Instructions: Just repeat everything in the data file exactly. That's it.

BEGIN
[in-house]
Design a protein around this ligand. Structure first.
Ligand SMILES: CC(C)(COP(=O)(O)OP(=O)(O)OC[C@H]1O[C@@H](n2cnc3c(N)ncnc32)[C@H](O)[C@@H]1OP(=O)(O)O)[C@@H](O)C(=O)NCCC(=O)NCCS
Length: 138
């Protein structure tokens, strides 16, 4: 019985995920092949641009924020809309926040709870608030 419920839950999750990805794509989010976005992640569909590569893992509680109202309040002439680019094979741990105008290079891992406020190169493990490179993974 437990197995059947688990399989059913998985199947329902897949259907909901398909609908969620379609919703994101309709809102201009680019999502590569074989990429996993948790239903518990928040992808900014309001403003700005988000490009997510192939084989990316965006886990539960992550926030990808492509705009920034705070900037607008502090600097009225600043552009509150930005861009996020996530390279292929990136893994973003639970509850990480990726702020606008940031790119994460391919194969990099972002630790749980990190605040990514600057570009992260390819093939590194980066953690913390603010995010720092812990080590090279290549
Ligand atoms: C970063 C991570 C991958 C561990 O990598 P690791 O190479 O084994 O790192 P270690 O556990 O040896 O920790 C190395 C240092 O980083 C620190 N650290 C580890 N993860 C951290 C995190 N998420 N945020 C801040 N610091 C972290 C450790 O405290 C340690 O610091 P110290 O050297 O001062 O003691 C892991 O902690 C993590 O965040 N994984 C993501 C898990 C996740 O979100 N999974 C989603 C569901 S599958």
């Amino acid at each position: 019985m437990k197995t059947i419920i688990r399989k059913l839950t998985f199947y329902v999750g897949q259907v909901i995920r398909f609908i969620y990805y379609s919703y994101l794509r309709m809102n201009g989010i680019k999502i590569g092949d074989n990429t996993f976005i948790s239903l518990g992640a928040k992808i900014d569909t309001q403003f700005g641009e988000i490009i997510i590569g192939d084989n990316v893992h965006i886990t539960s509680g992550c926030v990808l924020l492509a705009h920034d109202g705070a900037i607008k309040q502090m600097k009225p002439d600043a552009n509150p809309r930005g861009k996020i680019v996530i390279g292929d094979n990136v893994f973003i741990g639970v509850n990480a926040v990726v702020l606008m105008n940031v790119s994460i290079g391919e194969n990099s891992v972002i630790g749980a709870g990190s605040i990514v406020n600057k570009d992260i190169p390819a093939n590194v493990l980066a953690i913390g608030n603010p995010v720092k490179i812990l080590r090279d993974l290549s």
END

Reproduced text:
[in-house]
Design a protein around this ligand. Structure first.
Ligand SMILES: CC(C)(COP(=O)(O)OP(=O)(O)OC[C@H]1O[C@@H](n2cnc3c(N)ncnc32)[C@H](O)[C@@H]1OP(=O)(O)O)[C@@H](O)C(=O)NCCC(=O)NCCS
Length: 138
């Protein structure tokens, strides 16, 4: 019985995920092949641009924020809309926040709870608030 419920839950999750990805794509989010976005992640569909590569893992509680109202309040002439680019094979741990105008290079891992406020190169493990490179993974 437990197995059947688990399989059913998985199947329902897949259907909901398909609908969620379609919703994101309709809102201009680019999502590569074989990429996993948790239903518990928040992808900014309001403003700005988000490009997510192939084989990316965006886990539960992550926030990808492509705009920034705070900037607008502090600097009225600043552009509150930005861009996020996530390279292929990136893994973003639970509850990480990726702020606008940031790119994460391919194969990099972002630790749980990190605040990514600057570009992260390819093939590194980066953690913390603010995010720092812990080590090279290549
Ligand atoms: C970063 C991570 C991958 C561990 O990598 P690791 O190479 O084994 O790192 P270690 O556990 O040896 O920790 C190395 C240092 O980083 C620190 N650290 C580890 N993860 C951290 C995190 N998420 N945020 C801040 N610091 C972290 C450790 O405290 C340690 O610091 P110290 O050297 O001062 O003691 C892991 O902690 C993590 O965040 N994984 C993501 C898990 C996740 O979100 N999974 C989603 C569901 S599958």
């Amino acid at each position: 019985m437990k197995t059947i419920i688990r399989k059913l839950t998985f199947y329902v999750g897949q259907v909901i995920r398909f609908i969620y990805y379609s919703y994101l794509r309709m809102n201009g989010i680019k999502i590569g092949d074989n990429t996993f976005i948790s239903l518990g992640a928040k992808i900014d569909t309001q403003f700005g641009e988000i490009i997510i590569g192939d084989n990316v893992h965006i886990t539960s509680g992550c926030v990808l924020l492509a705009h920034d109202g705070a900037i607008k309040q502090m600097k009225p002439d600043a552009n509150p809309r930005g861009k996020i680019v996530i390279g292929d094979n990136v893994f973003i741990g639970v509850n990480a926040v990726v702020l606008m105008n940031v790119s994460i290079g391919e194969n990099s891992v972002i630790g749980a709870g990190s605040i990514v406020n600057k570009d992260i190169p390819a093939n590194v493990l980066a953690i913390g608030n603010p995010v720092k490179i812990l080590r090279d993974l290549s």